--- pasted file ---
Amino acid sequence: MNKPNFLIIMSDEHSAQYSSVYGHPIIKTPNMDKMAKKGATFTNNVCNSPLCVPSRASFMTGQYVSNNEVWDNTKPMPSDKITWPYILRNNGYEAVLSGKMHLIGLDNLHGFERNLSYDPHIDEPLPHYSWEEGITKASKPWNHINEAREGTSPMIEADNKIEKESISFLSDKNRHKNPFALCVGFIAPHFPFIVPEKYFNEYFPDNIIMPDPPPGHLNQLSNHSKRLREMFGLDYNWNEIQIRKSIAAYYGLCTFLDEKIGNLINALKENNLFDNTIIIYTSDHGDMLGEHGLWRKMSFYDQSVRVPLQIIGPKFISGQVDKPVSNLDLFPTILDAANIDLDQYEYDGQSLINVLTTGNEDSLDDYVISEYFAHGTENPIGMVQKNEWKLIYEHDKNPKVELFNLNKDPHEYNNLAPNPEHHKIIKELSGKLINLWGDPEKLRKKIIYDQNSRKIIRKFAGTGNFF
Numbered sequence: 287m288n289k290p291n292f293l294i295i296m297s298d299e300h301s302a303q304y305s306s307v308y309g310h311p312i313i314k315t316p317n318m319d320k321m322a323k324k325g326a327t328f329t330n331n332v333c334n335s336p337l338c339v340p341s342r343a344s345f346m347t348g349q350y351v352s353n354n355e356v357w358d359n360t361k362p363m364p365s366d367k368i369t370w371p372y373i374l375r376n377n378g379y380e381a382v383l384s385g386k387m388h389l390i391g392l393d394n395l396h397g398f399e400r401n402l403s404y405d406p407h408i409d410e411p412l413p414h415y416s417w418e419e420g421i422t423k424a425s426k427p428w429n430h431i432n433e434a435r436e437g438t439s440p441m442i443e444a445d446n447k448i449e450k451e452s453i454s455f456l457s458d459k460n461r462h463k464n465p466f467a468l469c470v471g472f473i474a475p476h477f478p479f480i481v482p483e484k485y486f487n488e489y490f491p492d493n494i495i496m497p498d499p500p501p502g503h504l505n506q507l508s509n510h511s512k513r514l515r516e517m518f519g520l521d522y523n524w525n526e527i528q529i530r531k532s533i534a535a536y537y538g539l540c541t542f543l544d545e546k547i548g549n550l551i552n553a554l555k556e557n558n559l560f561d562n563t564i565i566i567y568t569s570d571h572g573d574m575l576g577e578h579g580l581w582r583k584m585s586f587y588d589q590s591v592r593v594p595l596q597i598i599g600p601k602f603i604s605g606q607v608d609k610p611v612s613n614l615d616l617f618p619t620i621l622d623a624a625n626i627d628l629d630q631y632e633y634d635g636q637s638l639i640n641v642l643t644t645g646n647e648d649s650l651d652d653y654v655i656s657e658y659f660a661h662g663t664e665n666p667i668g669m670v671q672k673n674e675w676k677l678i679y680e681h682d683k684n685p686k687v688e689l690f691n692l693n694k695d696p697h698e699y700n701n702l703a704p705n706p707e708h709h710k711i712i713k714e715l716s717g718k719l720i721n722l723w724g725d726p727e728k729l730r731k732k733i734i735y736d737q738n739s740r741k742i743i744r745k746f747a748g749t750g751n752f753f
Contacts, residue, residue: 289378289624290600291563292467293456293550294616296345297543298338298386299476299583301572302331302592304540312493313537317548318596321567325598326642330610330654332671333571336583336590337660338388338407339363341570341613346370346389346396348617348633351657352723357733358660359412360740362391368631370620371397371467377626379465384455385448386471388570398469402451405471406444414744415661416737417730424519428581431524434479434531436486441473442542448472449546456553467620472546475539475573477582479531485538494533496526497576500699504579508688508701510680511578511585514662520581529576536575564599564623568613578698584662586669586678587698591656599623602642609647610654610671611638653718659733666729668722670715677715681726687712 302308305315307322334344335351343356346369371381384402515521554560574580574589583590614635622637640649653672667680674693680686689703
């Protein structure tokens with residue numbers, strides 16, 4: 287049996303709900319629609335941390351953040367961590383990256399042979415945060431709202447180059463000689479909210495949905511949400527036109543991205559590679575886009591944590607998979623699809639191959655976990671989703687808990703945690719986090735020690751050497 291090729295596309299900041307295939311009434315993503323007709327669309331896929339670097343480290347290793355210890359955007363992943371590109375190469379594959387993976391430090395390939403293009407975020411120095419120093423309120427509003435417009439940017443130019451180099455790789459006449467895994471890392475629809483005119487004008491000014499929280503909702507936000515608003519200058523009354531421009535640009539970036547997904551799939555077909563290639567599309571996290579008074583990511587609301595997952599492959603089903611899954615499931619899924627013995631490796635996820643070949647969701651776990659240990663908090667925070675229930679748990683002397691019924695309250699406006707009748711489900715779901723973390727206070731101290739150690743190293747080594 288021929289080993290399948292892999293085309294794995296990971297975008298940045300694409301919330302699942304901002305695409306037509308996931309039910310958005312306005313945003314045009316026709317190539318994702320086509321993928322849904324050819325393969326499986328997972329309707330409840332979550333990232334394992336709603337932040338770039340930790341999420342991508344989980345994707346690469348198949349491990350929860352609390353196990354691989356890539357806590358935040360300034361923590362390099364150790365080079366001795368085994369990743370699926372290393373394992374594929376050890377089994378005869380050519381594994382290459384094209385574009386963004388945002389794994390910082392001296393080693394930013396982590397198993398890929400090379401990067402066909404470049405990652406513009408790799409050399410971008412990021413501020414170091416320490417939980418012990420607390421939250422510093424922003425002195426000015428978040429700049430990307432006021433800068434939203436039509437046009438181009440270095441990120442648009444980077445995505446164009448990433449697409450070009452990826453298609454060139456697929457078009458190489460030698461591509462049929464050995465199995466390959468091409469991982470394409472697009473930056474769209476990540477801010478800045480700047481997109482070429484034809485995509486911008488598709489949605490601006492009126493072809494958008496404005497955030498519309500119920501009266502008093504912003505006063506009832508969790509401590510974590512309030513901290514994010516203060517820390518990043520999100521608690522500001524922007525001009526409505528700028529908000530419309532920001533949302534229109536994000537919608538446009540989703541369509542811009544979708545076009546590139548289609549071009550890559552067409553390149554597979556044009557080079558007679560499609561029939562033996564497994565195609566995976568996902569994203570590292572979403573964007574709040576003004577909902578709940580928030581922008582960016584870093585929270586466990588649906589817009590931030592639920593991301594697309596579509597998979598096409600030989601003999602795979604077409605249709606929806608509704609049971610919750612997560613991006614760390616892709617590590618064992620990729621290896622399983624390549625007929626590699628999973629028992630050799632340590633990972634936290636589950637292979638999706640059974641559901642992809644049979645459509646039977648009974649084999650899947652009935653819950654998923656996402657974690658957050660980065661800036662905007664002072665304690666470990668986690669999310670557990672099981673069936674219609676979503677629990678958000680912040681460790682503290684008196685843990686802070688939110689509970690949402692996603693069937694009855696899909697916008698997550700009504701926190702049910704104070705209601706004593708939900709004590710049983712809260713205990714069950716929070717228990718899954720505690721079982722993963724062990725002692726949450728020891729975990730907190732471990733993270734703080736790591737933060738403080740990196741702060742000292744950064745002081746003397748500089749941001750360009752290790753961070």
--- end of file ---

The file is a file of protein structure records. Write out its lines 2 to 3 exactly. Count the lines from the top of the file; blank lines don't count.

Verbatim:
Numbered sequence: 287m288n289k290p291n292f293l294i295i296m297s298d299e300h301s302a303q304y305s306s307v308y309g310h311p312i313i314k315t316p317n318m319d320k321m322a323k324k325g326a327t328f329t330n331n332v333c334n335s336p337l338c339v340p341s342r343a344s345f346m347t348g349q350y351v352s353n354n355e356v357w358d359n360t361k362p363m364p365s366d367k368i369t370w371p372y373i374l375r376n377n378g379y380e381a382v383l384s385g386k387m388h389l390i391g392l393d394n395l396h397g398f399e400r401n402l403s404y405d406p407h408i409d410e411p412l413p414h415y416s417w418e419e420g421i422t423k424a425s426k427p428w429n430h431i432n433e434a435r436e437g438t439s440p441m442i443e444a445d446n447k448i449e450k451e452s453i454s455f456l457s458d459k460n461r462h463k464n465p466f467a468l469c470v471g472f473i474a475p476h477f478p479f480i481v482p483e484k485y486f487n488e489y490f491p492d493n494i495i496m497p498d499p500p501p502g503h504l505n506q507l508s509n510h511s512k513r514l515r516e517m518f519g520l521d522y523n524w525n526e527i528q529i530r531k532s533i534a535a536y537y538g539l540c541t542f543l544d545e546k547i548g549n550l551i552n553a554l555k556e557n558n559l560f561d562n563t564i565i566i567y568t569s570d571h572g573d574m575l576g577e578h579g580l581w582r583k584m585s586f587y588d589q590s591v592r593v594p595l596q597i598i599g600p601k602f603i604s605g606q607v608d609k610p611v612s613n614l615d616l617f618p619t620i621l622d623a624a625n626i627d628l629d630q631y632e633y634d635g636q637s638l639i640n641v642l643t644t645g646n647e648d649s650l651d652d653y654v655i656s657e658y659f660a661h662g663t664e665n666p667i668g669m670v671q672k673n674e675w676k677l678i679y680e681h682d683k684n685p686k687v688e689l690f691n692l693n694k695d696p697h698e699y700n701n702l703a704p705n706p707e708h709h710k711i712i713k714e715l716s717g718k719l720i721n722l723w724g725d726p727e728k729l730r731k732k733i734i735y736d737q738n739s740r741k742i743i744r745k746f747a748g749t750g751n752f753f
Contacts, residue, residue: 289378289624290600291563292467293456293550294616296345297543298338298386299476299583301572302331302592304540312493313537317548318596321567325598326642330610330654332671333571336583336590337660338388338407339363341570341613346370346389346396348617348633351657352723357733358660359412360740362391368631370620371397371467377626379465384455385448386471388570398469402451405471406444414744415661416737417730424519428581431524434479434531436486441473442542448472449546456553467620472546475539475573477582479531485538494533496526497576500699504579508688508701510680511578511585514662520581529576536575564599564623568613578698584662586669586678587698591656599623602642609647610654610671611638653718659733666729668722670715677715681726687712 302308305315307322334344335351343356346369371381384402515521554560574580574589583590614635622637640649653672667680674693680686689703